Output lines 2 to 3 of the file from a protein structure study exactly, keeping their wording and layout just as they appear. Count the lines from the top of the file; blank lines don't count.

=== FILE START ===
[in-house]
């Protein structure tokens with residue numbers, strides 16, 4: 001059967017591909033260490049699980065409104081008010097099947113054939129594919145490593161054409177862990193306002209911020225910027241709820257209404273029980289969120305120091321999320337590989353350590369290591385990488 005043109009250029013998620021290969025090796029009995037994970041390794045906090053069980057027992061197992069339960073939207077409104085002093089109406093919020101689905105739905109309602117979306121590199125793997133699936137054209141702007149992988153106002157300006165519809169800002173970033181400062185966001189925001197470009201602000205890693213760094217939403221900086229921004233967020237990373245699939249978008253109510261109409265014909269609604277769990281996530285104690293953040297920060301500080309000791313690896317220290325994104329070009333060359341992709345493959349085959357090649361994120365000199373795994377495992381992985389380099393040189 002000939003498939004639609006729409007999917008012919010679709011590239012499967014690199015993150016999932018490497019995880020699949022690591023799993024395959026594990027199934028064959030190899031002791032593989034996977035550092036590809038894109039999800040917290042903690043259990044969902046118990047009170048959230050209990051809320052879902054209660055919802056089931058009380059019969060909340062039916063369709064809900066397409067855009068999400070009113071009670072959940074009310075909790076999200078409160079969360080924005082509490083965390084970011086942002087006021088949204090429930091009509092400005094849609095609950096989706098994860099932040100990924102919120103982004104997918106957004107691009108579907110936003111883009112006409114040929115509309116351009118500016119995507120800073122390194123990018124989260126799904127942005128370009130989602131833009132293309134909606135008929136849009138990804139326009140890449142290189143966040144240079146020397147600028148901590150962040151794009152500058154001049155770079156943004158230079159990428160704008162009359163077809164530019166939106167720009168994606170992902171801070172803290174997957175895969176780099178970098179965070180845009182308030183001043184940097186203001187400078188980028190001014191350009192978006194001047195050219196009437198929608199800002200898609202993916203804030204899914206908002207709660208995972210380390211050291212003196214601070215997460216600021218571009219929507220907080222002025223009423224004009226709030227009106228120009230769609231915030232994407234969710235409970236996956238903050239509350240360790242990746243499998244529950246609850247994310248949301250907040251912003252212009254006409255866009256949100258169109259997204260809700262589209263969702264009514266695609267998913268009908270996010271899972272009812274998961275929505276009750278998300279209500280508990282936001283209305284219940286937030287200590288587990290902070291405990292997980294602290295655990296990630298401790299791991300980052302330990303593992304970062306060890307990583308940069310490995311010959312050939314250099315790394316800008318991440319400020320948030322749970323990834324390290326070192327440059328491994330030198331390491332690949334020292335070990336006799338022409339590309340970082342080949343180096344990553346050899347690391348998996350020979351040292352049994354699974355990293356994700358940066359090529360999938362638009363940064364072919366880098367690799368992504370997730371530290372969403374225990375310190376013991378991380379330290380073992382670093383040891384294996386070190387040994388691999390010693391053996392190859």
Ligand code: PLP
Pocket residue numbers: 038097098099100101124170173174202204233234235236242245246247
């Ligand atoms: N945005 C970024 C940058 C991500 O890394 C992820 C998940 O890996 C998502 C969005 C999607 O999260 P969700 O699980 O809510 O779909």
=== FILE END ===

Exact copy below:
């Protein structure tokens with residue numbers, strides 16, 4: 001059967017591909033260490049699980065409104081008010097099947113054939129594919145490593161054409177862990193306002209911020225910027241709820257209404273029980289969120305120091321999320337590989353350590369290591385990488 005043109009250029013998620021290969025090796029009995037994970041390794045906090053069980057027992061197992069339960073939207077409104085002093089109406093919020101689905105739905109309602117979306121590199125793997133699936137054209141702007149992988153106002157300006165519809169800002173970033181400062185966001189925001197470009201602000205890693213760094217939403221900086229921004233967020237990373245699939249978008253109510261109409265014909269609604277769990281996530285104690293953040297920060301500080309000791313690896317220290325994104329070009333060359341992709345493959349085959357090649361994120365000199373795994377495992381992985389380099393040189 002000939003498939004639609006729409007999917008012919010679709011590239012499967014690199015993150016999932018490497019995880020699949022690591023799993024395959026594990027199934028064959030190899031002791032593989034996977035550092036590809038894109039999800040917290042903690043259990044969902046118990047009170048959230050209990051809320052879902054209660055919802056089931058009380059019969060909340062039916063369709064809900066397409067855009068999400070009113071009670072959940074009310075909790076999200078409160079969360080924005082509490083965390084970011086942002087006021088949204090429930091009509092400005094849609095609950096989706098994860099932040100990924102919120103982004104997918106957004107691009108579907110936003111883009112006409114040929115509309116351009118500016119995507120800073122390194123990018124989260126799904127942005128370009130989602131833009132293309134909606135008929136849009138990804139326009140890449142290189143966040144240079146020397147600028148901590150962040151794009152500058154001049155770079156943004158230079159990428160704008162009359163077809164530019166939106167720009168994606170992902171801070172803290174997957175895969176780099178970098179965070180845009182308030183001043184940097186203001187400078188980028190001014191350009192978006194001047195050219196009437198929608199800002200898609202993916203804030204899914206908002207709660208995972210380390211050291212003196214601070215997460216600021218571009219929507220907080222002025223009423224004009226709030227009106228120009230769609231915030232994407234969710235409970236996956238903050239509350240360790242990746243499998244529950246609850247994310248949301250907040251912003252212009254006409255866009256949100258169109259997204260809700262589209263969702264009514266695609267998913268009908270996010271899972272009812274998961275929505276009750278998300279209500280508990282936001283209305284219940286937030287200590288587990290902070291405990292997980294602290295655990296990630298401790299791991300980052302330990303593992304970062306060890307990583308940069310490995311010959312050939314250099315790394316800008318991440319400020320948030322749970323990834324390290326070192327440059328491994330030198331390491332690949334020292335070990336006799338022409339590309340970082342080949343180096344990553346050899347690391348998996350020979351040292352049994354699974355990293356994700358940066359090529360999938362638009363940064364072919366880098367690799368992504370997730371530290372969403374225990375310190376013991378991380379330290380073992382670093383040891384294996386070190387040994388691999390010693391053996392190859």
Ligand code: PLP